Top 17 Largest Salamanders in the World (Biggest Salamanders 2023)

Salamanders comprise some of the smallest to the largest amphibians in the world. Its worldwide distribution has brought about great diversity in its family. Amidst so many species, a popular question has prevailed which is the largest salamander in the world? As an answer to this question, we bring to you our today’s article, Top 17 Largest Salamanders in the World.

Top 17 Largest Salamanders in the world

17) Northern Red Salamander

The Northern Red Salamander is a medium-sized amphibian with bright orange, red to dull reddish colorations, and irregular black spots. Being a plethodontid salamander, the Northern Reds lack lungs. 

The females of this species are larger than the males and lay eggs during the fall or early winter season in well-protected and hidden nests. Human activities have caused a sharp decline in this species’ population, especially in Indiana.

  • Size- 4.3-7.1 in
  • Scientific Name- Pseudotriton ruber
  • Location- streams and aquatic areas of Eastern United States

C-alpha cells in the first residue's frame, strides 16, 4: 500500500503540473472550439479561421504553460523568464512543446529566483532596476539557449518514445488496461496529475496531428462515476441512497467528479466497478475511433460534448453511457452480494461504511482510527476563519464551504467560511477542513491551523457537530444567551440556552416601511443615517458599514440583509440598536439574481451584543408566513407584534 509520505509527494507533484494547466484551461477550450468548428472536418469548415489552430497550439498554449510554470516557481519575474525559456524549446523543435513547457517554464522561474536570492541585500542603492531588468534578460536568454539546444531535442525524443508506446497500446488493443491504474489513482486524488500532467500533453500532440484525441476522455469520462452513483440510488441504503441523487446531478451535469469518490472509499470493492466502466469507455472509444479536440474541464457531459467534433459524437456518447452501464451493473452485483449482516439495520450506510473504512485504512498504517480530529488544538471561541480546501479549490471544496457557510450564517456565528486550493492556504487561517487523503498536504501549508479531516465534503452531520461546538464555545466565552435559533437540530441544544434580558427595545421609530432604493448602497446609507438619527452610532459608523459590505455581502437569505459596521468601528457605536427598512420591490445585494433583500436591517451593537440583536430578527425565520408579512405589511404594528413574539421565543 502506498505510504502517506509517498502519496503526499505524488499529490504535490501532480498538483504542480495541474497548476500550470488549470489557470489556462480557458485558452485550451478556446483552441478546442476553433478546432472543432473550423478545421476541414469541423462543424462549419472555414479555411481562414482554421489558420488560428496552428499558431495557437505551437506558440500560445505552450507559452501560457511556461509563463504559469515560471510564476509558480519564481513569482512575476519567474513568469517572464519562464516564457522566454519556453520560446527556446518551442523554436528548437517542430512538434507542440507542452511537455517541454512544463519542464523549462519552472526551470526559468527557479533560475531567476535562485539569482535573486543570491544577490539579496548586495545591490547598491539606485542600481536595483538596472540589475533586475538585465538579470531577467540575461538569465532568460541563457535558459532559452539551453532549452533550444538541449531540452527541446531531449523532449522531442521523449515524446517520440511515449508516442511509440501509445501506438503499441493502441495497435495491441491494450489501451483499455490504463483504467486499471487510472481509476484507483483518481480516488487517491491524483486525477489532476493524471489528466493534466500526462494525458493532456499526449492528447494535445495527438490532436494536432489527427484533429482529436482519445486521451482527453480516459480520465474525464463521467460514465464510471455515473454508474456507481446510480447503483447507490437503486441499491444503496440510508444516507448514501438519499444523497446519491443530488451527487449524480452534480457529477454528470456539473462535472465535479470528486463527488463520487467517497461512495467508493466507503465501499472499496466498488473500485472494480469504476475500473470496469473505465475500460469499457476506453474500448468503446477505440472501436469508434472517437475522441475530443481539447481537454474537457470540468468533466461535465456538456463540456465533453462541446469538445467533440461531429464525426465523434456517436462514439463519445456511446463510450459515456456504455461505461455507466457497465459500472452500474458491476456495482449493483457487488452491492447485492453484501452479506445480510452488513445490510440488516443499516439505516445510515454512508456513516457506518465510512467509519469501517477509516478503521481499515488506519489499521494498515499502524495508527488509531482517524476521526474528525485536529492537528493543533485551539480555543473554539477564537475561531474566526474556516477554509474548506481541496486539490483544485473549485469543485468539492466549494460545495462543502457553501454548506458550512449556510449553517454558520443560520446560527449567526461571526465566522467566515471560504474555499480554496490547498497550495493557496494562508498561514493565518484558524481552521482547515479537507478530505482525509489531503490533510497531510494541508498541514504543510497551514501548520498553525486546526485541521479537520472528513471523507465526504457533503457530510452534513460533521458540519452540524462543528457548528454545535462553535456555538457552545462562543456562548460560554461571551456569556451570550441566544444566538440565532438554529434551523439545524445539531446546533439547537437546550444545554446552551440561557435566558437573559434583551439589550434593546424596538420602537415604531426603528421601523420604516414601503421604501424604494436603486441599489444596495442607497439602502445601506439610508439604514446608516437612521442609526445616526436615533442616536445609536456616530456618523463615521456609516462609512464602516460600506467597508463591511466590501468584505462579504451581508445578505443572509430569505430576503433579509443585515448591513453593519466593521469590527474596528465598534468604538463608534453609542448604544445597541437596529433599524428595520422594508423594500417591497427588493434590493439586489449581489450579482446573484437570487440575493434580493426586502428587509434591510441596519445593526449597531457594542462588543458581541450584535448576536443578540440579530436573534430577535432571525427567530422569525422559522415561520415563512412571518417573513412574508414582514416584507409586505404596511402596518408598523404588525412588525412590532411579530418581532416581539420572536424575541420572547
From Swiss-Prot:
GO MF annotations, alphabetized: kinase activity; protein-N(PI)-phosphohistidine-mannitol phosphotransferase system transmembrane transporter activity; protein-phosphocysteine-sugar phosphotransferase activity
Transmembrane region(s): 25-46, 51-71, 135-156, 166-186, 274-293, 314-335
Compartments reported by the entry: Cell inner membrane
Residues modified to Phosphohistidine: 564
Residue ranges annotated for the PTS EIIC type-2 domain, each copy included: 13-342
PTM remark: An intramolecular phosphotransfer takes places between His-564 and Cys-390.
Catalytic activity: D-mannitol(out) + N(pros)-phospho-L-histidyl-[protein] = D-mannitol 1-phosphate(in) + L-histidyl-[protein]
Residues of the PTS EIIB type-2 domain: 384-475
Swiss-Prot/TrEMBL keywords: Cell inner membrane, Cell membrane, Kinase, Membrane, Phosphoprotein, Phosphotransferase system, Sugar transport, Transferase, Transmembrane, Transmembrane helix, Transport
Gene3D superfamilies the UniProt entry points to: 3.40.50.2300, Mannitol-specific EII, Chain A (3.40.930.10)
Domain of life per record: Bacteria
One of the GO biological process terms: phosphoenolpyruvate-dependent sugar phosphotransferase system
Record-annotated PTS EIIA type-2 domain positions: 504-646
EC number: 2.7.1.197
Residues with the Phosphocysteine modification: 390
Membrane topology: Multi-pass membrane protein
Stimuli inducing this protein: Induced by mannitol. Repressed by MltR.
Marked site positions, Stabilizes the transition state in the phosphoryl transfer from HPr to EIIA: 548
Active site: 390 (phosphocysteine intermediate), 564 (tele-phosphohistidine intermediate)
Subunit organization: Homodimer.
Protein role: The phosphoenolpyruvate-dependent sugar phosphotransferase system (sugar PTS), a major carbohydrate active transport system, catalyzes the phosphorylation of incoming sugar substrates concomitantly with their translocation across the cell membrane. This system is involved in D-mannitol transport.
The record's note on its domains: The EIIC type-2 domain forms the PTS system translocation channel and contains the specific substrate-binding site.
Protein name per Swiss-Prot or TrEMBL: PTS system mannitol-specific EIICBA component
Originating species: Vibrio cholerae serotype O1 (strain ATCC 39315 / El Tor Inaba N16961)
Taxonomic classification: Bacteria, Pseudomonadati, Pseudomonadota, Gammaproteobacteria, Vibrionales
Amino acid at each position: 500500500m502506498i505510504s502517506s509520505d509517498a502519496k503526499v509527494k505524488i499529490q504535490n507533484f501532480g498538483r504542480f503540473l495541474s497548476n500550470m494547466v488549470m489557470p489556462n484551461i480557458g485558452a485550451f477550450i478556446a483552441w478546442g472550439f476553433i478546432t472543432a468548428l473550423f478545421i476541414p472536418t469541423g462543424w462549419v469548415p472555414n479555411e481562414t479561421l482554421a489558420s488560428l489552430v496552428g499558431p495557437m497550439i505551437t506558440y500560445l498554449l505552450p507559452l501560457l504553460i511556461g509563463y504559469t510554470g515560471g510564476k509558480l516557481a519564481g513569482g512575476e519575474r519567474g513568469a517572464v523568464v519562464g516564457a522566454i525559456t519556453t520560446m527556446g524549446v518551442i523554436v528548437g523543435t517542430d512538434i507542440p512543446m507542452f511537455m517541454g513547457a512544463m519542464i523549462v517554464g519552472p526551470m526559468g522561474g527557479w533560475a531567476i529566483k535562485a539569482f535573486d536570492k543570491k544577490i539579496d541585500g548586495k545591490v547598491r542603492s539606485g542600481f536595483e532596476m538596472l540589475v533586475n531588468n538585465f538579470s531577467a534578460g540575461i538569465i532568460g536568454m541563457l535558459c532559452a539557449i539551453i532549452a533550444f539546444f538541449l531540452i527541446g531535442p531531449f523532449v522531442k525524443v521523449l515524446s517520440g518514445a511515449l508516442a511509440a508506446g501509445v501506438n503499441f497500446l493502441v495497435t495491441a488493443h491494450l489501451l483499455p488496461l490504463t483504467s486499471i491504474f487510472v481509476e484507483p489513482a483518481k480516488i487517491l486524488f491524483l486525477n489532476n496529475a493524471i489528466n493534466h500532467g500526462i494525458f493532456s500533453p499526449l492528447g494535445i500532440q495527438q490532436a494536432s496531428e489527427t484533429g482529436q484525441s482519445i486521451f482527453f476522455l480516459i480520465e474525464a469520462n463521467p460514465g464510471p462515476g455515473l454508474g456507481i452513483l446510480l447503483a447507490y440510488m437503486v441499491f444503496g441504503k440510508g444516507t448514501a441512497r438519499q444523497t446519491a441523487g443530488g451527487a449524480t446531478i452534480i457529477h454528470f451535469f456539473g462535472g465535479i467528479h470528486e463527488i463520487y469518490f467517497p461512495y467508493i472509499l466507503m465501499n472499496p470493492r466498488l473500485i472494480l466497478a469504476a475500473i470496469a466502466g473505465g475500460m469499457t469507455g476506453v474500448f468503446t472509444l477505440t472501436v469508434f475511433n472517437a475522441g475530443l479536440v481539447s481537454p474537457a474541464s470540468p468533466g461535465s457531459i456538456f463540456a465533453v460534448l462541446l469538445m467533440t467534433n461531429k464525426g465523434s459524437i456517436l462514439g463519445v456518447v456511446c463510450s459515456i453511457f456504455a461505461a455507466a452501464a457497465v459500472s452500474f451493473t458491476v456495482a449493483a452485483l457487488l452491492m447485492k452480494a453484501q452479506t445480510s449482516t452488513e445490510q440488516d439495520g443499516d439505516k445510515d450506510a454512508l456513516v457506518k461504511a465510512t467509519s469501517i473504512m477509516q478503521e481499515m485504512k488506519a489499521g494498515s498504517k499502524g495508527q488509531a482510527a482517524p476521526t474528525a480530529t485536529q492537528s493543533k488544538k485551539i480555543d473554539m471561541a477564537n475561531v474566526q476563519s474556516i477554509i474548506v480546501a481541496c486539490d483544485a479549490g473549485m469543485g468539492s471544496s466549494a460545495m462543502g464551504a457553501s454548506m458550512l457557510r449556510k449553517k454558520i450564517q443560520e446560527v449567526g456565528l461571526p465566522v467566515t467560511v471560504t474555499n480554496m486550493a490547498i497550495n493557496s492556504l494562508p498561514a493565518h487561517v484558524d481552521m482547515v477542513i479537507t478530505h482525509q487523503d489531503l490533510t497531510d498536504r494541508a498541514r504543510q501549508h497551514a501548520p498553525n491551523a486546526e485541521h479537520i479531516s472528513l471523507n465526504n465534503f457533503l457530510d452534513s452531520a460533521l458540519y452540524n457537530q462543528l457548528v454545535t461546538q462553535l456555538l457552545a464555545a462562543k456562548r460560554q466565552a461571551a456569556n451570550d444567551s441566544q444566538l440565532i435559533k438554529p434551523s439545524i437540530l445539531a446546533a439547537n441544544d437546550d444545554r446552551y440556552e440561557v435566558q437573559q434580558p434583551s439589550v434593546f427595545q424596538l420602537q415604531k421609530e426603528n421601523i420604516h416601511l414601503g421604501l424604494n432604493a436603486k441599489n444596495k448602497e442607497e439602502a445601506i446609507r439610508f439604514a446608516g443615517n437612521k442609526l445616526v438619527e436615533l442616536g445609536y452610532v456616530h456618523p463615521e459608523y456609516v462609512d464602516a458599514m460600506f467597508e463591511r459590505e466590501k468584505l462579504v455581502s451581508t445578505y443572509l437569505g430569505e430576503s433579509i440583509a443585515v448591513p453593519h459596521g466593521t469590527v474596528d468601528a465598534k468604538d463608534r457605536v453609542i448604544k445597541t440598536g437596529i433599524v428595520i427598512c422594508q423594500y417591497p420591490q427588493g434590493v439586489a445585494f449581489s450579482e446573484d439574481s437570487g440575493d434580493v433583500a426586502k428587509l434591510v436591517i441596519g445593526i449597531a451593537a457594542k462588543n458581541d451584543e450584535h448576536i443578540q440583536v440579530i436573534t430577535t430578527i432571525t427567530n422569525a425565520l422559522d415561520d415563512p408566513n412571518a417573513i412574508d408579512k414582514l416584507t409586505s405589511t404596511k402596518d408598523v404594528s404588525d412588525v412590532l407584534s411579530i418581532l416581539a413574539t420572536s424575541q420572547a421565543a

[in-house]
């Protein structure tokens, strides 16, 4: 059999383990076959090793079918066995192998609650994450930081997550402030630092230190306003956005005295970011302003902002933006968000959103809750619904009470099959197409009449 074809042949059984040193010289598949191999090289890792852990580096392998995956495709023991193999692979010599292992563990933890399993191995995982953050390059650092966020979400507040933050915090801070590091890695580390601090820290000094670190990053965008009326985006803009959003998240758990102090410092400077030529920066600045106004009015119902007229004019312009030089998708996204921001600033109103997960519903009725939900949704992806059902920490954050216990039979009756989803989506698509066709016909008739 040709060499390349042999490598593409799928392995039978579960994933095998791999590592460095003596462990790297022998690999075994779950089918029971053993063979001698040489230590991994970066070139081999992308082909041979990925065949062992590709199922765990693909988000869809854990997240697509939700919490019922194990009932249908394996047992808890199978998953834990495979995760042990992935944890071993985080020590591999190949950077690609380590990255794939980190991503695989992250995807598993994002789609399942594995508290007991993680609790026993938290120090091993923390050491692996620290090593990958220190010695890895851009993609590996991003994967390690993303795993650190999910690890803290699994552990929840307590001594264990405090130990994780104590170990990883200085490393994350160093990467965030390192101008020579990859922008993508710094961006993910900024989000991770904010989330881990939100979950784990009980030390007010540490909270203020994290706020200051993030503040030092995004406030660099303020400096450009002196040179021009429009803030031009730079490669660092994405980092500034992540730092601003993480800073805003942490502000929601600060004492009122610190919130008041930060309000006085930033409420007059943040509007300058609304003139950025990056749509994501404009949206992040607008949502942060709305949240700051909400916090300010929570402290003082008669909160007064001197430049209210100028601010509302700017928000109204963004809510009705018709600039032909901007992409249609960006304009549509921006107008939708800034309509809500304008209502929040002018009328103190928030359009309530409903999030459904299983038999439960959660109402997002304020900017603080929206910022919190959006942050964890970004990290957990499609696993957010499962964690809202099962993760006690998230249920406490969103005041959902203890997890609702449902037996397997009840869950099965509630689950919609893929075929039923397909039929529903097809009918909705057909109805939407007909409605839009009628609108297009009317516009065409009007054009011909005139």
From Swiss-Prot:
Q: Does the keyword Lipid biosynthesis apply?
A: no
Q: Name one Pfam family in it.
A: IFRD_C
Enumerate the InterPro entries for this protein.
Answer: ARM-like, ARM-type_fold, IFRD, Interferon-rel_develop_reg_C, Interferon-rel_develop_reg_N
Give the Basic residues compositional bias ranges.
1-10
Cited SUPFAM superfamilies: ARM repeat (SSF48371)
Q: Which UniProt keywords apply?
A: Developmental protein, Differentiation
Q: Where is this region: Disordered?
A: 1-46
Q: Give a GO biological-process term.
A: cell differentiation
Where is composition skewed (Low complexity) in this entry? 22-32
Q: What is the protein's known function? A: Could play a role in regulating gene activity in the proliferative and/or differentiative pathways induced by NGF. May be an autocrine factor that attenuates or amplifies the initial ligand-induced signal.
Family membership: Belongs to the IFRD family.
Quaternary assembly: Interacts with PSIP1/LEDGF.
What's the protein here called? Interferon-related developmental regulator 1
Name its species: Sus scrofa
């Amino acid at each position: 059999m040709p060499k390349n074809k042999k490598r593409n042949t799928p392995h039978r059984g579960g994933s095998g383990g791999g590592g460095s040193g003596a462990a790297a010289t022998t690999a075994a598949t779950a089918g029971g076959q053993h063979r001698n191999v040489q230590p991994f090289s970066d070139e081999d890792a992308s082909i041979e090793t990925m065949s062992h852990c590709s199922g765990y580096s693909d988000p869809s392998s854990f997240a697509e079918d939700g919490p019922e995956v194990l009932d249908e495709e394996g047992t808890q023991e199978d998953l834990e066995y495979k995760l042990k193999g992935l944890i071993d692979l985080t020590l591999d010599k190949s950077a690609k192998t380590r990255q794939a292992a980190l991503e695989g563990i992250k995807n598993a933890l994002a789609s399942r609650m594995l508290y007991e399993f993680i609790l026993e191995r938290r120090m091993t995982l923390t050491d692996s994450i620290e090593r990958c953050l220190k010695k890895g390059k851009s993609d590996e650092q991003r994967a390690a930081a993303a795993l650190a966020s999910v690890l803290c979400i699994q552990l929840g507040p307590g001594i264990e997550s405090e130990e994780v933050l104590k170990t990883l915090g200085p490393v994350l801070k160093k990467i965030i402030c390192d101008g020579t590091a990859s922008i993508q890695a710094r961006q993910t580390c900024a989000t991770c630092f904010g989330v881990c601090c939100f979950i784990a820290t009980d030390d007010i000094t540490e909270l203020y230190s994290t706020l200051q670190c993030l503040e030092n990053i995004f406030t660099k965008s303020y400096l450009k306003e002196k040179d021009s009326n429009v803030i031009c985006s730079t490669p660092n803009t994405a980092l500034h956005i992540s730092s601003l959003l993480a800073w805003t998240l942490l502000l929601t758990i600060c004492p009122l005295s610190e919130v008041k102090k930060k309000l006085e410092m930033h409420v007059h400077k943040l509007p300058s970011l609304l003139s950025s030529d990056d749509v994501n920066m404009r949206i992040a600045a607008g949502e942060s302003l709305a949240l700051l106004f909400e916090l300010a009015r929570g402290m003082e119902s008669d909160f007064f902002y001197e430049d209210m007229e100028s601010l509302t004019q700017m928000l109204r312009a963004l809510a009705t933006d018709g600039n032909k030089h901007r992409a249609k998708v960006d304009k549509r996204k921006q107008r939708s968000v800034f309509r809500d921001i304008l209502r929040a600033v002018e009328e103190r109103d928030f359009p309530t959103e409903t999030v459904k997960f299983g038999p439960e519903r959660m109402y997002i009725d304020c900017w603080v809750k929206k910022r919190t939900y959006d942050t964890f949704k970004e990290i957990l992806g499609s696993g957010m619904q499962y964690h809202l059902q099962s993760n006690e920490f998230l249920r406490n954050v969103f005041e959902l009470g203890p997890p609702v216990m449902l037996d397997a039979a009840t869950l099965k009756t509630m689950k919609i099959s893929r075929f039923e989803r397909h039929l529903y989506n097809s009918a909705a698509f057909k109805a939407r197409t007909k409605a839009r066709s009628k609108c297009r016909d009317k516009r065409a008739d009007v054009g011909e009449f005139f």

16) Tennessee Cave Salamander

Tennessee Cave Salamander
Tennessee Cave Salamander | Credit: Sesamehoneytart (commons.wikipedia) (CC BY-SA 3.0)

The state amphibian of Tennessee, the cave salamander, is a medium-large-sized salamander that lacks eyelids. They spend the majority of their life cycle in the larval stage and are characterized by bright, feathery external gills. 

Its survival depends greatly on the water quality and is a highly threatened species due to water pollution, trash dumps, etc. Amphipods and other small water invertebrates, including crustaceans, earthworms, beetles, stoneflies, and mosquitoes, make up the majority of the salamander’s diet.

  • Size- 4-7.5 in
  • Scientific Name- Gyrinophilus palleucus
  • Location- Restricted limestone cave systems in Tennessee, Georgia, and Alabama

15) Reticulated Flatwoods Salamander

Image Source | Danté Fenolio/San Antonio Zoo (Reptiles Magazine)

The next species on our list of Largest Salamanders in the world is a small-medium-sized salamander, the Reticulated Flatwoods Salamander. This species has a long, slender body, a body color that is silvery black with white markings. 

Earthworms and spiders are the main sources of food for reticulated flatwood salamanders. Ambystoma bishopi, a type of burrowing salamander, dwells in the fallen leaves beneath longleaf pine and wiregrass in the ecosystems of the flatwood coastal plain.